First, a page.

When our self-cleaning electric oven exploded, shattering its glass front, my family stared aghast at the unexpected damage.

I, on the other hand, was philosophical. "It's Italian, what do you expect?"

I followed this up by reminding everybody about our other mishaps with Latin manufacturing. Towel rails with chronic element failures, finally ditched because the manufacturer had gone out of business, leaving consumers without any spare parts. And what about our other fancy Italian stove that tried to raze our holiday house on Christmas morning when the thermostat failed?

Finally, I reminded them about our Swedish washing machine that stopped working - just out of warranty. When the serviceman arrived, he informed us we were unlucky to have the model with the Italian motor. The only comfort he could offer was that the Swedish company had now switched to German replacement parts.


This all suggests one commonsense rule for all things Italian - it's okay to buy their great design, as long as it doesn't involve anything with moving mechanical parts.

Such as the very expensive Panerai watch purchased in my absolute tosser days, a watch that never kept good time and ended up losing a very expensive clasp in a most appropriate place, the Rotorua municipal rubbish tip.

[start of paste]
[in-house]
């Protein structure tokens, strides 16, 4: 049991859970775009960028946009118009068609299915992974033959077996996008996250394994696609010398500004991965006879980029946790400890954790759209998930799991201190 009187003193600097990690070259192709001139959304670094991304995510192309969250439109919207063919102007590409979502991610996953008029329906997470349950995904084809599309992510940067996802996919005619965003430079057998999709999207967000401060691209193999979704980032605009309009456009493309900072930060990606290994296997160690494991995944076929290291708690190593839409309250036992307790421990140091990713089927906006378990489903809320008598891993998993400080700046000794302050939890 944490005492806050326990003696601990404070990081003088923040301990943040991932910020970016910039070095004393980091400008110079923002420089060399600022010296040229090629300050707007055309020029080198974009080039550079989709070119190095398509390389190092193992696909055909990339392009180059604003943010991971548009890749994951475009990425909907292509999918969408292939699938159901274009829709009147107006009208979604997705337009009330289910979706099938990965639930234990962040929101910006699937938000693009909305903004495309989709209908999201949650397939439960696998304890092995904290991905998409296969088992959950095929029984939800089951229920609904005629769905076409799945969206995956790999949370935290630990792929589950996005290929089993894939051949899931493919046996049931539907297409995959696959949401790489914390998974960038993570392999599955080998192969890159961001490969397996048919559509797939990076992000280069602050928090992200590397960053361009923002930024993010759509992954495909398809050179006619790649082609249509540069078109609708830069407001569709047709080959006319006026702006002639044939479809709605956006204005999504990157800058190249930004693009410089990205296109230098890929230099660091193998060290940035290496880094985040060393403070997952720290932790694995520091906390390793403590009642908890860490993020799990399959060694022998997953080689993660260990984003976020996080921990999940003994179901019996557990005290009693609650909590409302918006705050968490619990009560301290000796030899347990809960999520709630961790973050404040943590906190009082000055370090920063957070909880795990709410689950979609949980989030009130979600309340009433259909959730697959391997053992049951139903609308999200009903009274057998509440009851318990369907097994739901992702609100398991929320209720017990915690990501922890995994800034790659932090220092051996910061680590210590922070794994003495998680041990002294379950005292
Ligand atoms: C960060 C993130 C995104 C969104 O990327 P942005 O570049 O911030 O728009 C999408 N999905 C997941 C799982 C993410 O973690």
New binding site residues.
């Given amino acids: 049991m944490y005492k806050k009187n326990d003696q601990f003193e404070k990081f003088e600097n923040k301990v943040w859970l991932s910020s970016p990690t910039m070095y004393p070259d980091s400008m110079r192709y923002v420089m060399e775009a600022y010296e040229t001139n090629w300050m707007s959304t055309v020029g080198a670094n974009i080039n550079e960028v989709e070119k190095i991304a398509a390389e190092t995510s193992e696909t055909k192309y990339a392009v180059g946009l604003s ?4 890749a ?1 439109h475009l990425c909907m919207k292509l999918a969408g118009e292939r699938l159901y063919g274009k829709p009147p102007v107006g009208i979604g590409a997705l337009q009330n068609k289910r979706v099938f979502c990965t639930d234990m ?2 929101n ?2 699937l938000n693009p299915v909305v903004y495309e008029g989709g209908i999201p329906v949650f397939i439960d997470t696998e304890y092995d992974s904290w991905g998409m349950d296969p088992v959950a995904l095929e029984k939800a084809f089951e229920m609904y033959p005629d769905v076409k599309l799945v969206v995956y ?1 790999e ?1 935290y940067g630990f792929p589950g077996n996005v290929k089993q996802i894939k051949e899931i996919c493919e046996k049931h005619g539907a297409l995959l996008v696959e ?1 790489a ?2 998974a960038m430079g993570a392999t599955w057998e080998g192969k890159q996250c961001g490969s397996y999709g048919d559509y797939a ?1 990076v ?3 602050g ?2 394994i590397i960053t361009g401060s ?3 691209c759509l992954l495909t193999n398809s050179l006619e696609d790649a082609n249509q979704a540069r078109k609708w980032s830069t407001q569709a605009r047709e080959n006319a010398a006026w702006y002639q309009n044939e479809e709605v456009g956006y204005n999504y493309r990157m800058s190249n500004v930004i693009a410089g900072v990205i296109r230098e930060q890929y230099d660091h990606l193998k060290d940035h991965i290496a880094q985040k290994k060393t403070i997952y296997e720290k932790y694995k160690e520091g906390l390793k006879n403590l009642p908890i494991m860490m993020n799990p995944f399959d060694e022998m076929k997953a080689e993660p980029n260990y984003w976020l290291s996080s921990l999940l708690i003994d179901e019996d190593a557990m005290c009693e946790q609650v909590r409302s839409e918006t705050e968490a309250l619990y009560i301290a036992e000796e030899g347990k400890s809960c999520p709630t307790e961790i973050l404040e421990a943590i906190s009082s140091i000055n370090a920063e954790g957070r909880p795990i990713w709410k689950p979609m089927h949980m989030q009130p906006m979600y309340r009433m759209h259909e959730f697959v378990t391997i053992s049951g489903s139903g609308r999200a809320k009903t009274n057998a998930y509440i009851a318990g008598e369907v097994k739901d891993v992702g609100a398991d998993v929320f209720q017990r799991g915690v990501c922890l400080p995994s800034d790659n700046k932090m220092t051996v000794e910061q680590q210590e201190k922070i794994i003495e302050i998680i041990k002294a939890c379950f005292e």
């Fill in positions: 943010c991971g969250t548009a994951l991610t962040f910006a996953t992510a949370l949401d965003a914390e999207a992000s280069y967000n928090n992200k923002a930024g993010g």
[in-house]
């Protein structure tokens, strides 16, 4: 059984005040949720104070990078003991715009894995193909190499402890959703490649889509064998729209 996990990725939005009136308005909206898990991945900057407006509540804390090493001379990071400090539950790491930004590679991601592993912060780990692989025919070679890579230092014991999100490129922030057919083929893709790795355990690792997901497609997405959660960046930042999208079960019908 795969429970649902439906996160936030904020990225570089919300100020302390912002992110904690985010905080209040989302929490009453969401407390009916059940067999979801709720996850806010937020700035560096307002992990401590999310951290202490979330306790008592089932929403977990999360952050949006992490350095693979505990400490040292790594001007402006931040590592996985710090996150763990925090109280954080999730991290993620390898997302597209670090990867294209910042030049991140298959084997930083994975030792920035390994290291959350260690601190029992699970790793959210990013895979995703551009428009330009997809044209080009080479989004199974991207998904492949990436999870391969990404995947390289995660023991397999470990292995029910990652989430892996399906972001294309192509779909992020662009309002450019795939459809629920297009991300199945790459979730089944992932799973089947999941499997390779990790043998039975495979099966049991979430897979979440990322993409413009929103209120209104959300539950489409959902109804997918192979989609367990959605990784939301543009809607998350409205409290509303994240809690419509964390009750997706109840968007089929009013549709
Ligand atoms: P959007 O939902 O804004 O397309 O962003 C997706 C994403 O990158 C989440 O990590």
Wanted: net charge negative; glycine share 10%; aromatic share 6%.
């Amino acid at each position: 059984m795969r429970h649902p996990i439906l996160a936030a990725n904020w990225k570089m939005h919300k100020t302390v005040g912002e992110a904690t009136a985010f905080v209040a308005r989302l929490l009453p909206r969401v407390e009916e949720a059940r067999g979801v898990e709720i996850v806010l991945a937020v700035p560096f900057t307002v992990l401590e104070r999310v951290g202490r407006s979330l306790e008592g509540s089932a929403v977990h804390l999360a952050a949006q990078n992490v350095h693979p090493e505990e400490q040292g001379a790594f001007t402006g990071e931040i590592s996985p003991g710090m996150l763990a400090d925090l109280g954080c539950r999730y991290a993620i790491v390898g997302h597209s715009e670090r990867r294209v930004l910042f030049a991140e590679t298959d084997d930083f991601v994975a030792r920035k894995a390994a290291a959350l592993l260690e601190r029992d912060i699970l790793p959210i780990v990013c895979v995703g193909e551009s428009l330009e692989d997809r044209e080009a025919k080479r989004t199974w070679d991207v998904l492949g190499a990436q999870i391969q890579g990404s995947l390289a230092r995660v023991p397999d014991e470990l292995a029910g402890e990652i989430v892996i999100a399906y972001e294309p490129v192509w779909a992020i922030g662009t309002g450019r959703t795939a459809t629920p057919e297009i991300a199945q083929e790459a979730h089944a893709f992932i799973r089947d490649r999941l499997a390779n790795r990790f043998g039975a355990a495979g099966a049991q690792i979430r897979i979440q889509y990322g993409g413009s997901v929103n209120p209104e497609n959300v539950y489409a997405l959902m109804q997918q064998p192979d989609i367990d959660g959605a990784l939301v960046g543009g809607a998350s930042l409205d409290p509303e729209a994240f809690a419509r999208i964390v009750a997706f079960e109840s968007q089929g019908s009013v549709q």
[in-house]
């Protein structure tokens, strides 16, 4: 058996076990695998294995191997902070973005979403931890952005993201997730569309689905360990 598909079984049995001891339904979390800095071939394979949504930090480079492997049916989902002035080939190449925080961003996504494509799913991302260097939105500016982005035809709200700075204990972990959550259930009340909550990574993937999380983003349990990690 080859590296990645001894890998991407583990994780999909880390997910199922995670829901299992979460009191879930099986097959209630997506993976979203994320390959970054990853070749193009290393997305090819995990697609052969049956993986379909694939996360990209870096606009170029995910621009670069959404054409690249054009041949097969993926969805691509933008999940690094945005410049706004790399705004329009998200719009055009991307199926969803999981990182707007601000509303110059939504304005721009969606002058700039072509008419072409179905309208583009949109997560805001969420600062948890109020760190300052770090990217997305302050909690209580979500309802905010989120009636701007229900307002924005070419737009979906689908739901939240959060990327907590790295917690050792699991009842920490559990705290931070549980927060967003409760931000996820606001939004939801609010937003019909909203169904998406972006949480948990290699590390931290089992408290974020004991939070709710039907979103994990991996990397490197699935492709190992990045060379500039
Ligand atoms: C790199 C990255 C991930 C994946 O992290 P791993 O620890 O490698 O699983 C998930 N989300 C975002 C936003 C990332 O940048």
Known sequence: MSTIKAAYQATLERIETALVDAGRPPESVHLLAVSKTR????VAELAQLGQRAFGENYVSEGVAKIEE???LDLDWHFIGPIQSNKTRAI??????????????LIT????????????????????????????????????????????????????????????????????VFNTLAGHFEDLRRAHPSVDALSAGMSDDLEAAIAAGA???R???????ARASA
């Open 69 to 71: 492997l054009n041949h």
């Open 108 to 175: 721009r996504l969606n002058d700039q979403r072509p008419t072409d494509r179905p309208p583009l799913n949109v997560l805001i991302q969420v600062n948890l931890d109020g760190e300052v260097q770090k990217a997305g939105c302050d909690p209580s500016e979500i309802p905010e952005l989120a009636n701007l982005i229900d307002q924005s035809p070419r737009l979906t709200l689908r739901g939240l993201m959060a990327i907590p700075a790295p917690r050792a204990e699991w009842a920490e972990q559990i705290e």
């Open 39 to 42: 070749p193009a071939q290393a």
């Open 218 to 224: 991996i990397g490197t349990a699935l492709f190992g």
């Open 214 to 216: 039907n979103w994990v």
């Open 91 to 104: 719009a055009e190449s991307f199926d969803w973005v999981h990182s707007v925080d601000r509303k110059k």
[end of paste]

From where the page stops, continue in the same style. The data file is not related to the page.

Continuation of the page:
I should have learned my lesson in my more youthful days. One of my first cars was a diminutive Fiat; great design and fun to drive - if you could persuade the engine to start. Fortunately, my then girlfriend was a competent mechanic. While I stood effetely on the roadside verge, like the stereotypical dim-witted blonde, my lady friend was under the hood, covered in oil, tinkering with plugs and carburettors in an effort to get us mobile again.

When the relationship ended the car had to go as well; it was simply too unreliable to dare travel anywhere without a certified mechanic as co-passenger.

We have now been oven-less for eight long weeks. Eight weeks of glass replacement promises from Italy, eight weeks of optimistic emails followed by equally negative updates.

Last week we were told the model's serial number did not match their production records and could I send a photograph proving it's their product, before they considered any further assistance?

This week the news has changed again. Now we've generously been offered a brand-new replacement oven. It's all very Italian, but what else would you expect?